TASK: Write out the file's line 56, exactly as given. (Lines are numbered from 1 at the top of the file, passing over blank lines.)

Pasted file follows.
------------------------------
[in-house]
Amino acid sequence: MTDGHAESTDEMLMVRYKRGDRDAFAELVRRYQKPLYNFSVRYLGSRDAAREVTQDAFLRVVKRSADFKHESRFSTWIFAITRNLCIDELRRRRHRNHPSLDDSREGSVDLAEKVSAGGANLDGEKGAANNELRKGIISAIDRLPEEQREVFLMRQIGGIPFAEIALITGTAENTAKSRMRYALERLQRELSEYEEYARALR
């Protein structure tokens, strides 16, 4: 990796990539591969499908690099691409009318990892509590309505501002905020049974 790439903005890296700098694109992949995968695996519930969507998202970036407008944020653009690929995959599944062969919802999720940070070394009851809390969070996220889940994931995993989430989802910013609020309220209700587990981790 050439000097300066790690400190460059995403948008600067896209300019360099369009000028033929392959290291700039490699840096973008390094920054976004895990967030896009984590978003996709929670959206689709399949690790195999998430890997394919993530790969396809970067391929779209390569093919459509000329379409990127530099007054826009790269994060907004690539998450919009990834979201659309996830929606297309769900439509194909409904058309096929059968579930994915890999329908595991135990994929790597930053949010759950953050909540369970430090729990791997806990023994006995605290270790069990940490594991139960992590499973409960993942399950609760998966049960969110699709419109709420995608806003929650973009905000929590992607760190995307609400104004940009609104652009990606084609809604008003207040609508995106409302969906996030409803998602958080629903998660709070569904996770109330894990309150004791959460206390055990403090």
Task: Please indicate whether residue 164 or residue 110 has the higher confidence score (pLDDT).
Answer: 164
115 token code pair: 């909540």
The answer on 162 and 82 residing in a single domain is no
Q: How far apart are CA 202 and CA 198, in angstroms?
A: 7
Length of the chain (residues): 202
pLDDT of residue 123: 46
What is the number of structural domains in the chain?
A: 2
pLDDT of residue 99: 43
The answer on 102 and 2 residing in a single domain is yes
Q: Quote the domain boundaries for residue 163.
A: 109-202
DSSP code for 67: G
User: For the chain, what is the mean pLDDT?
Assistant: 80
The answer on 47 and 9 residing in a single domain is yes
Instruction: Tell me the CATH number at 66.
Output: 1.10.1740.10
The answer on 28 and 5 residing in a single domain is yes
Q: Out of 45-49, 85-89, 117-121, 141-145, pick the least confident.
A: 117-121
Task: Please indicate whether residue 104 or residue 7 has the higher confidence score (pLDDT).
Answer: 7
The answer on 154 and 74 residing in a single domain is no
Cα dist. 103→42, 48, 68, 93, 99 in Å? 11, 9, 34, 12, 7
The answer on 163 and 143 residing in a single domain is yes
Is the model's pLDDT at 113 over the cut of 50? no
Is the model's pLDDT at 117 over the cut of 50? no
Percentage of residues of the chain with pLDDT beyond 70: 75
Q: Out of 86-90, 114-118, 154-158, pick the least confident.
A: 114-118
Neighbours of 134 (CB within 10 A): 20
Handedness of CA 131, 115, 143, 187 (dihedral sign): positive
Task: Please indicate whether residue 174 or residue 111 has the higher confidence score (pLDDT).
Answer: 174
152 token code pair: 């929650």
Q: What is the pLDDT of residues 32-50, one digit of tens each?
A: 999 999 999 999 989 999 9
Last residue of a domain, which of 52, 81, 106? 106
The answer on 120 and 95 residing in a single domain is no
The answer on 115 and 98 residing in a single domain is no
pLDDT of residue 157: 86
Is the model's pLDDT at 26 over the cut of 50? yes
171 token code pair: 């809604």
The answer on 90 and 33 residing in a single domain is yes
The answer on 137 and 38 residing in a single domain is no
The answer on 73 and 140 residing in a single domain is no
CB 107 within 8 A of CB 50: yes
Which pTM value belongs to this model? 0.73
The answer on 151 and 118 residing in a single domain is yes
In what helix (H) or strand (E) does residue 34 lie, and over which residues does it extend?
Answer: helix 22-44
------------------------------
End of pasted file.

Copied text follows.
In what helix (H) or strand (E) does residue 34 lie, and over which residues does it extend?